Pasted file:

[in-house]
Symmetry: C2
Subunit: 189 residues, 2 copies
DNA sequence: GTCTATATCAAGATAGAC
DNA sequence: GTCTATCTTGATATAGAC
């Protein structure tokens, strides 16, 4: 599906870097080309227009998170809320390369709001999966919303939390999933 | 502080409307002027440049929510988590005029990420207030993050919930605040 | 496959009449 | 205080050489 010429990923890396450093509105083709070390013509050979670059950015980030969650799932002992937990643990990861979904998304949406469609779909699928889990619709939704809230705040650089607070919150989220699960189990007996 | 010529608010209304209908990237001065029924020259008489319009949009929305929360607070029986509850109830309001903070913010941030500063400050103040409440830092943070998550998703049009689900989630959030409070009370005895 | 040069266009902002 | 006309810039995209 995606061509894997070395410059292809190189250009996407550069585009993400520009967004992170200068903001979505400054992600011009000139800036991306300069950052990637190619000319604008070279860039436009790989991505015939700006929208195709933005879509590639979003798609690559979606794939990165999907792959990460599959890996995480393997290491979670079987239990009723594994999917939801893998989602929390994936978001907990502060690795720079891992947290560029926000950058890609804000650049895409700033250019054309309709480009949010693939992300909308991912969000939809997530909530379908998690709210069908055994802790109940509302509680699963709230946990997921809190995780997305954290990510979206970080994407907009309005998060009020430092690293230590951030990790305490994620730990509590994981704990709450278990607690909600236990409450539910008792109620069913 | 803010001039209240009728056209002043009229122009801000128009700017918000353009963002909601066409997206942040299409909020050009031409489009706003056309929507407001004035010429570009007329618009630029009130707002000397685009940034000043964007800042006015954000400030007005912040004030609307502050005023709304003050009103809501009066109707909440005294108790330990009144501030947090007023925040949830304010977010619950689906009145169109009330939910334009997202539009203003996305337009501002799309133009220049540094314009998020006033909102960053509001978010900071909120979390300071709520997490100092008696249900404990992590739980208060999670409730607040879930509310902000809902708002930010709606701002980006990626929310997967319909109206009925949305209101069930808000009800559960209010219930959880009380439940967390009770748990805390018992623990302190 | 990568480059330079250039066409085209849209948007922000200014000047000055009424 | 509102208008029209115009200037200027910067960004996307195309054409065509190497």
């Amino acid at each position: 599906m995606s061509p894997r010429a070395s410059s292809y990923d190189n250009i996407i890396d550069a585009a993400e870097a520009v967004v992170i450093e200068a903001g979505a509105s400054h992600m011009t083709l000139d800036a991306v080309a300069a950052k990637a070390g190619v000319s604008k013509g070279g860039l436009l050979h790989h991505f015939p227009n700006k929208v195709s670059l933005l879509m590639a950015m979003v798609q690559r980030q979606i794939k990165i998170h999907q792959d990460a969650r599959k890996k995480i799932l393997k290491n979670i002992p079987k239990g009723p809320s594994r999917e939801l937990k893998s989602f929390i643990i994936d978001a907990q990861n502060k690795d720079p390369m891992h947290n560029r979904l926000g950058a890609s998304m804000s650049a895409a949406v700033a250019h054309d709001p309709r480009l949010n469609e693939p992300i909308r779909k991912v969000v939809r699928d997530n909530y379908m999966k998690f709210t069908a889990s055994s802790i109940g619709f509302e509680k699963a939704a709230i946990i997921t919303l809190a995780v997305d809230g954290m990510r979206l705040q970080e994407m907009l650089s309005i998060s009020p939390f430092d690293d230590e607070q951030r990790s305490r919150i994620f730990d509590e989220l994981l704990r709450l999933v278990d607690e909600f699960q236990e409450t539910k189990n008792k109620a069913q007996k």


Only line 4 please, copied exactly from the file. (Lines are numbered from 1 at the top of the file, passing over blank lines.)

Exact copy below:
DNA sequence: GTCTATATCAAGATAGAC